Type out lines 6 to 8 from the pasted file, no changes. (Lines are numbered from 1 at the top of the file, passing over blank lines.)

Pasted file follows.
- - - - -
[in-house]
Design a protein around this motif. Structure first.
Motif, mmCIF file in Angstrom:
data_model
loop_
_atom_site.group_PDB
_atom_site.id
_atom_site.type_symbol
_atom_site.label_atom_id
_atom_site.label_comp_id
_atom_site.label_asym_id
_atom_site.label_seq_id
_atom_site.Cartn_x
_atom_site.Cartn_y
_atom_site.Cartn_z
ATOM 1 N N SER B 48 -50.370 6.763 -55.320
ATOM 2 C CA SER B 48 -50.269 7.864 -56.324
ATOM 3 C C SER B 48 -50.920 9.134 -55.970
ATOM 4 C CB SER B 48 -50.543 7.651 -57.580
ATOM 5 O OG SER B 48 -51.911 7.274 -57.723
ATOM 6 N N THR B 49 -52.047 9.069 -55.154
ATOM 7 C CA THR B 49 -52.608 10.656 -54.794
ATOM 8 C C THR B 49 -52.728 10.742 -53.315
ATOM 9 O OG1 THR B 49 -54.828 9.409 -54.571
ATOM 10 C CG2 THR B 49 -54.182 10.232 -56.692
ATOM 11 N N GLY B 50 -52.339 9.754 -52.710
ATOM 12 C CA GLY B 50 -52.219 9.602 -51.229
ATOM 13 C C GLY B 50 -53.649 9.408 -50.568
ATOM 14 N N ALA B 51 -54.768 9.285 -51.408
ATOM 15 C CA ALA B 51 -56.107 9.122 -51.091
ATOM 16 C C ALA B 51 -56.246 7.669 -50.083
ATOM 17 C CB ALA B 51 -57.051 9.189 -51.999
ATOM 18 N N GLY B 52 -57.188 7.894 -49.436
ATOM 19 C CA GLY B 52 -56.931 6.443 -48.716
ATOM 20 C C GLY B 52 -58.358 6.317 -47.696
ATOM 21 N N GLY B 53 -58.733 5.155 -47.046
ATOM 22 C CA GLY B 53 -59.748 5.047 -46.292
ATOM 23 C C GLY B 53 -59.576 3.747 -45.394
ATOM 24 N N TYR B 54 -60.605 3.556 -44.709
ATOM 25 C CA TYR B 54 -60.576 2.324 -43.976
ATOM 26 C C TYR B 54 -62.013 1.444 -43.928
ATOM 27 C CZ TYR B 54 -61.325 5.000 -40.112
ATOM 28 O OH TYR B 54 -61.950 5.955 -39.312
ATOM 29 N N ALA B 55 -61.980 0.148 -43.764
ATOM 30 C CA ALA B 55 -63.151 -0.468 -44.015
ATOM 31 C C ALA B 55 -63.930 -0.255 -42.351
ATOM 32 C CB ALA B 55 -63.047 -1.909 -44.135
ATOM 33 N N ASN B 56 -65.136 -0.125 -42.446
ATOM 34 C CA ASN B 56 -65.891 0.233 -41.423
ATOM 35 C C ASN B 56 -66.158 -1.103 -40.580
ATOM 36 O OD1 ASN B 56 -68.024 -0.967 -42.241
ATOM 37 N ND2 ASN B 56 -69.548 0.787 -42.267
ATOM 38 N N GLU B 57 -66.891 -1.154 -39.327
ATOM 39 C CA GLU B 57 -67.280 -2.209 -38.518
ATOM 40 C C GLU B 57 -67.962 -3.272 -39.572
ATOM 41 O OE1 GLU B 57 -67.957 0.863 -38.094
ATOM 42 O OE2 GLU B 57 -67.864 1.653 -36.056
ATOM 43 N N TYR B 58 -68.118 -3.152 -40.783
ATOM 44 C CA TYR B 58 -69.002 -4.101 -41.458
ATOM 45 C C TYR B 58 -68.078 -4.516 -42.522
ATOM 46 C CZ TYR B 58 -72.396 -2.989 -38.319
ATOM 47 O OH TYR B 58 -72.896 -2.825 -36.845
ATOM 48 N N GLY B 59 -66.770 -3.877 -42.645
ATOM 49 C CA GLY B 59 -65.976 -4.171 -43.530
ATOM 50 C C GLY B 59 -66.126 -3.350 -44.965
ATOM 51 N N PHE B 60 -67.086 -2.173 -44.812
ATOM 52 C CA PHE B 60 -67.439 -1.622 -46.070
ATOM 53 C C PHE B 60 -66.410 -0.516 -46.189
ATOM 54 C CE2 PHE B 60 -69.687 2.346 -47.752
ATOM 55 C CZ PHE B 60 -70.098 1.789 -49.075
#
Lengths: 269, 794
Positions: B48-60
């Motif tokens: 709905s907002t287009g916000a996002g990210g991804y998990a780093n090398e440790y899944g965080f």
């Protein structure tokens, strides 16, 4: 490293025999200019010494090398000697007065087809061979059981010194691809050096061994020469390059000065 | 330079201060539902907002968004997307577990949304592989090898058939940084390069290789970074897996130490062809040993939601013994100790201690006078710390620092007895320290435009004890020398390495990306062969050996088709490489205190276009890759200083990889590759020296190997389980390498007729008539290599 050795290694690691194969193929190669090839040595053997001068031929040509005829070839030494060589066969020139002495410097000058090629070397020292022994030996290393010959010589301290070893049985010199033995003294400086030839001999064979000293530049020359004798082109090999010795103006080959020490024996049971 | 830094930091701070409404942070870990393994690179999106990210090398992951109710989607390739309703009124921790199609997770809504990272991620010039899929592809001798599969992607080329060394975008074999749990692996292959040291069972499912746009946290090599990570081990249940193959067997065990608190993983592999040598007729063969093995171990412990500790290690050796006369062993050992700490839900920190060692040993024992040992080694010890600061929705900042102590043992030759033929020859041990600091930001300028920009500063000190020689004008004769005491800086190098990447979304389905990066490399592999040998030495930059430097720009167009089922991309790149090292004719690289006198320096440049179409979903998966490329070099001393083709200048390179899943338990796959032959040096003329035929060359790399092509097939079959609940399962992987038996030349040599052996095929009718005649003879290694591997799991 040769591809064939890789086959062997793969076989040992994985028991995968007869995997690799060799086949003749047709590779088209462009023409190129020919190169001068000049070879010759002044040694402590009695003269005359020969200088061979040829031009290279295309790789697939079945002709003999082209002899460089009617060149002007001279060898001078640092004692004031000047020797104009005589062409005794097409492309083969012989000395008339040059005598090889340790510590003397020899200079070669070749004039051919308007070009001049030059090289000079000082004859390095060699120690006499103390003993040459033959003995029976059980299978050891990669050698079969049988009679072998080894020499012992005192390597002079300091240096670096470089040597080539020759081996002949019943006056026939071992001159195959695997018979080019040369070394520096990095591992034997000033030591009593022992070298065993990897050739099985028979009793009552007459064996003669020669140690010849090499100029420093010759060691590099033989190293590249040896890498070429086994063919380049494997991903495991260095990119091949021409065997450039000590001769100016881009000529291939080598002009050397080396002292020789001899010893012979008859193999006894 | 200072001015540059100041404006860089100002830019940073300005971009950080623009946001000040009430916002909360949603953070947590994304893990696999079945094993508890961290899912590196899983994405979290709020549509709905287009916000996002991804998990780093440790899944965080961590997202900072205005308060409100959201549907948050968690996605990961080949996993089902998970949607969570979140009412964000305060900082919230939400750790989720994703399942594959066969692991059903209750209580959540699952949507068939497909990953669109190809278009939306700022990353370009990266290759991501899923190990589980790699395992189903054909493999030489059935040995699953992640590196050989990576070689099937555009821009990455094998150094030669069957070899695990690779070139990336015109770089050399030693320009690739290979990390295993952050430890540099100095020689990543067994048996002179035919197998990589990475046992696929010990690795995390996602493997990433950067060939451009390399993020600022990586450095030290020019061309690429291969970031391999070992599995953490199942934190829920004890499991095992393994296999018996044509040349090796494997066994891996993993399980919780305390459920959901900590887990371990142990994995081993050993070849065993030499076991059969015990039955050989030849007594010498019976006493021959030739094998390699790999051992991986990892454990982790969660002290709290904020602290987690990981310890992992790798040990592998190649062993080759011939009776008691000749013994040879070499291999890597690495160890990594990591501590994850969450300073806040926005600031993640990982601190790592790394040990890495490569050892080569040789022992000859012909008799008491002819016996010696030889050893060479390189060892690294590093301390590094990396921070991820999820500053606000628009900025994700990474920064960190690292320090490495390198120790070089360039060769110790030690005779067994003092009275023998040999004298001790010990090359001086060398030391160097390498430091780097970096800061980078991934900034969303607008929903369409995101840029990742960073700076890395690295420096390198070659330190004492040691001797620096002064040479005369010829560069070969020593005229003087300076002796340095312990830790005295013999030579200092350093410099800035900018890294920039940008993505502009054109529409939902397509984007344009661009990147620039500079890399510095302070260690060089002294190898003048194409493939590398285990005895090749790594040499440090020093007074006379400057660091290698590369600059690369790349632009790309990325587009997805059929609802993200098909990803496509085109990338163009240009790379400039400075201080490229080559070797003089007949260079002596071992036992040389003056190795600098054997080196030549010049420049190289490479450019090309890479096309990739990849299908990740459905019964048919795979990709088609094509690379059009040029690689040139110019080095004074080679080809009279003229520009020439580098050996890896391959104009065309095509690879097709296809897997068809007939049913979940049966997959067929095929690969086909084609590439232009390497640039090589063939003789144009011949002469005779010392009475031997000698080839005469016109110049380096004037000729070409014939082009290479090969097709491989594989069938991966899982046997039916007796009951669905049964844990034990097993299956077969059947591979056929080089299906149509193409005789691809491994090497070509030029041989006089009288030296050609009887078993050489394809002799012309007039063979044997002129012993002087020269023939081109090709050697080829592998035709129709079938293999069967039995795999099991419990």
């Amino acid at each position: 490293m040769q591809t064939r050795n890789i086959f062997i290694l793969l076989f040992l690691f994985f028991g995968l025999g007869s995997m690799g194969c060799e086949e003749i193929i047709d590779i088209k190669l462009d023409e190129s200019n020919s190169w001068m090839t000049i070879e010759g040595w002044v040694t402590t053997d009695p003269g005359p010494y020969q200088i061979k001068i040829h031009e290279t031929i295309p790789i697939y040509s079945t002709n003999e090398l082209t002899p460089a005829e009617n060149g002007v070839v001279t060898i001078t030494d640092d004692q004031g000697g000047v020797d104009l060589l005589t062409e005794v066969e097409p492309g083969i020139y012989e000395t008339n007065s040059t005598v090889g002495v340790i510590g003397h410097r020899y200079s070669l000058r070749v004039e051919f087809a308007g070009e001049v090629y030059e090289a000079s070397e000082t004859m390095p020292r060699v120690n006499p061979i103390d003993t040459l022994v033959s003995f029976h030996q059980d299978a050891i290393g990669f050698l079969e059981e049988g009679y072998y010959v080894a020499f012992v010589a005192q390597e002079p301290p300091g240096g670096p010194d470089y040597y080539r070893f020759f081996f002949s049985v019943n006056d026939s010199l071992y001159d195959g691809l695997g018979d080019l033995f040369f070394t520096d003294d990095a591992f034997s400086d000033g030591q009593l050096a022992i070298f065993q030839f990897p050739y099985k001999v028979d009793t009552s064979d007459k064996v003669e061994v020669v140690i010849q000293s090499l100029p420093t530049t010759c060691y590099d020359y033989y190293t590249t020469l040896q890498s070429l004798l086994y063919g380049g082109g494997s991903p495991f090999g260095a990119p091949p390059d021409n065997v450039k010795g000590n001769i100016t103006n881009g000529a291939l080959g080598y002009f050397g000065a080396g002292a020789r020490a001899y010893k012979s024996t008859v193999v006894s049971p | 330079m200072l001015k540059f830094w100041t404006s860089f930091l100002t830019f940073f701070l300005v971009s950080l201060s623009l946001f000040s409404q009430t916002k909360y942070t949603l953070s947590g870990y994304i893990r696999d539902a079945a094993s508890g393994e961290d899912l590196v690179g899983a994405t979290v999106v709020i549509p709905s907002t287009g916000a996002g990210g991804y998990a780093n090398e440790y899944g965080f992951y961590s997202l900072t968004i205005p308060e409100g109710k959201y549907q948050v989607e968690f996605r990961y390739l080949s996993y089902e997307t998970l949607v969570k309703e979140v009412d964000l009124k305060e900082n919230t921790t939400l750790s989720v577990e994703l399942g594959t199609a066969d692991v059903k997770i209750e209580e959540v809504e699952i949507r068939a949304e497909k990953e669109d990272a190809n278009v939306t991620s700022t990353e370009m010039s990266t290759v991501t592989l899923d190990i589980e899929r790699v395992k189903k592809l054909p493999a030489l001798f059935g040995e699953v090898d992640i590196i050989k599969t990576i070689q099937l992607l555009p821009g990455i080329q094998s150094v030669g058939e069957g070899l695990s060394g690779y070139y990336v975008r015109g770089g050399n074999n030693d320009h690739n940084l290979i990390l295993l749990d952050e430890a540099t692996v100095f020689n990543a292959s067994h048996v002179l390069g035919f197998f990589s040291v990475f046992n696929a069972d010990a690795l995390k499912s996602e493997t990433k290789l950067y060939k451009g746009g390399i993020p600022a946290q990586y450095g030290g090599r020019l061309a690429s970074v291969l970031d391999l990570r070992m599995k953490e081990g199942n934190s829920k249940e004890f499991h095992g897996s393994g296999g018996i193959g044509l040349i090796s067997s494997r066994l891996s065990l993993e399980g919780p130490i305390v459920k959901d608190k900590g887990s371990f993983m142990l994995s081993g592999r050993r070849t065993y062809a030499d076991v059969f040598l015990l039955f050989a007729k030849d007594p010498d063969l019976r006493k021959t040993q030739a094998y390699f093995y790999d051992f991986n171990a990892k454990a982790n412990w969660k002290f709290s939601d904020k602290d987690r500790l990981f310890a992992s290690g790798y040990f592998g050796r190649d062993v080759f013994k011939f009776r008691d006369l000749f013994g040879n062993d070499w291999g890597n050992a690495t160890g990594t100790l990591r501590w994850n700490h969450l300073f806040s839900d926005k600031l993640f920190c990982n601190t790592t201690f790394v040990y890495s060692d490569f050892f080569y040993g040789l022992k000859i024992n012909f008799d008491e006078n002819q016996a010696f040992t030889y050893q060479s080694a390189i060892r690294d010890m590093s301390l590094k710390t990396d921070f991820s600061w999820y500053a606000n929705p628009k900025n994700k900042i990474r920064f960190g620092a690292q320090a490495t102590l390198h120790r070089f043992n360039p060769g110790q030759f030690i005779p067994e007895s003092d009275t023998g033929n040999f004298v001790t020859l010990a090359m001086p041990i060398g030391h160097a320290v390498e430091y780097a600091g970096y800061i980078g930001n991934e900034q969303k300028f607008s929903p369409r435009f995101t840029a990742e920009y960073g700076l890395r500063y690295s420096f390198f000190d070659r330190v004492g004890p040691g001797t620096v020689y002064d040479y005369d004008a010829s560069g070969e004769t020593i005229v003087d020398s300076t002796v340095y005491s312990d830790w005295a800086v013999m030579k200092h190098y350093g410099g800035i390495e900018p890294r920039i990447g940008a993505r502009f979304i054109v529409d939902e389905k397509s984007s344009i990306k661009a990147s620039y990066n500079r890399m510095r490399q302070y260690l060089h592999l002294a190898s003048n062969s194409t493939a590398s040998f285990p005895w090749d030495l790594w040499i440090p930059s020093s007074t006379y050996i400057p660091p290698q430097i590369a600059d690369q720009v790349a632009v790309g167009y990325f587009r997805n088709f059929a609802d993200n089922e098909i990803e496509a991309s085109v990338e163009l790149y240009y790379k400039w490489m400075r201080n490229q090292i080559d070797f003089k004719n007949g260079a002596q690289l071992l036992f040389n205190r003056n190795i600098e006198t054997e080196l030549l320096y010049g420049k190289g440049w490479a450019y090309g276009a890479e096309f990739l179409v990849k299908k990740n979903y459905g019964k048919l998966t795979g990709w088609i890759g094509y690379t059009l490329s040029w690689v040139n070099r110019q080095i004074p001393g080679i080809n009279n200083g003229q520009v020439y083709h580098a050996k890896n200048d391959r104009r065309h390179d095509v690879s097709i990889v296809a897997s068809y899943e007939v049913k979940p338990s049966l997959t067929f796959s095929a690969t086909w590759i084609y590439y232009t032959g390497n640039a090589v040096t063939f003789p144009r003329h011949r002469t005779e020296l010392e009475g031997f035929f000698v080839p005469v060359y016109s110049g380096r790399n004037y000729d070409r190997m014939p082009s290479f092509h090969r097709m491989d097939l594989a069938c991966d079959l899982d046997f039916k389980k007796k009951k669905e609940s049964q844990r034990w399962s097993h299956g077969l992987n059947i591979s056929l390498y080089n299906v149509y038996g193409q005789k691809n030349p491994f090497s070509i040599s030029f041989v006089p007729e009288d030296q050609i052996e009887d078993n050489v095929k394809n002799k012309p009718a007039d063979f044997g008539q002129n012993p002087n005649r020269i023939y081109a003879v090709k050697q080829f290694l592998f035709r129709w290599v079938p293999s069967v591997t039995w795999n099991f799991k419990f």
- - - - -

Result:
_atom_site.group_PDB
_atom_site.id
_atom_site.type_symbol